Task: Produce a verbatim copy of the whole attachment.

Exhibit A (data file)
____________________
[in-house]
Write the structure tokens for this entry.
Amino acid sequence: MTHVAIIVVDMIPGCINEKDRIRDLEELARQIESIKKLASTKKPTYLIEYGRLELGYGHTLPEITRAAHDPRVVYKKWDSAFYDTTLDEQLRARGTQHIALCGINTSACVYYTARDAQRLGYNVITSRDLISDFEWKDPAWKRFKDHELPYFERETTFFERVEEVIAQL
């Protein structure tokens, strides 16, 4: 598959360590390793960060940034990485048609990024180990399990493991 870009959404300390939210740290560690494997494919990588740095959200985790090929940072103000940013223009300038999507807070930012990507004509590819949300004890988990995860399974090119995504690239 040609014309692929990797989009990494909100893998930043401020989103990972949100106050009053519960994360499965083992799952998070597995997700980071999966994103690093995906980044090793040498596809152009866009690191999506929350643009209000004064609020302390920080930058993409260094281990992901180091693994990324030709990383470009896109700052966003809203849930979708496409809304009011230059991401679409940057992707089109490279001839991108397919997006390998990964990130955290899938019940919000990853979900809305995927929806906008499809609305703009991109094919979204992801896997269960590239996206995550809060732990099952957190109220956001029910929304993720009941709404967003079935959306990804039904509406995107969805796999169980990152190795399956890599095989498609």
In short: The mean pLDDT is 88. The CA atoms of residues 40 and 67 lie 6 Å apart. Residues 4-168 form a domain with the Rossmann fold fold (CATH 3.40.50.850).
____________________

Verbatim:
[in-house]
Write the structure tokens for this entry.
Amino acid sequence: MTHVAIIVVDMIPGCINEKDRIRDLEELARQIESIKKLASTKKPTYLIEYGRLELGYGHTLPEITRAAHDPRVVYKKWDSAFYDTTLDEQLRARGTQHIALCGINTSACVYYTARDAQRLGYNVITSRDLISDFEWKDPAWKRFKDHELPYFERETTFFERVEEVIAQL
């Protein structure tokens, strides 16, 4: 598959360590390793960060940034990485048609990024180990399990493991 870009959404300390939210740290560690494997494919990588740095959200985790090929940072103000940013223009300038999507807070930012990507004509590819949300004890988990995860399974090119995504690239 040609014309692929990797989009990494909100893998930043401020989103990972949100106050009053519960994360499965083992799952998070597995997700980071999966994103690093995906980044090793040498596809152009866009690191999506929350643009209000004064609020302390920080930058993409260094281990992901180091693994990324030709990383470009896109700052966003809203849930979708496409809304009011230059991401679409940057992707089109490279001839991108397919997006390998990964990130955290899938019940919000990853979900809305995927929806906008499809609305703009991109094919979204992801896997269960590239996206995550809060732990099952957190109220956001029910929304993720009941709404967003079935959306990804039904509406995107969805796999169980990152190795399956890599095989498609």
In short: The mean pLDDT is 88. The CA atoms of residues 40 and 67 lie 6 Å apart. Residues 4-168 form a domain with the Rossmann fold fold (CATH 3.40.50.850).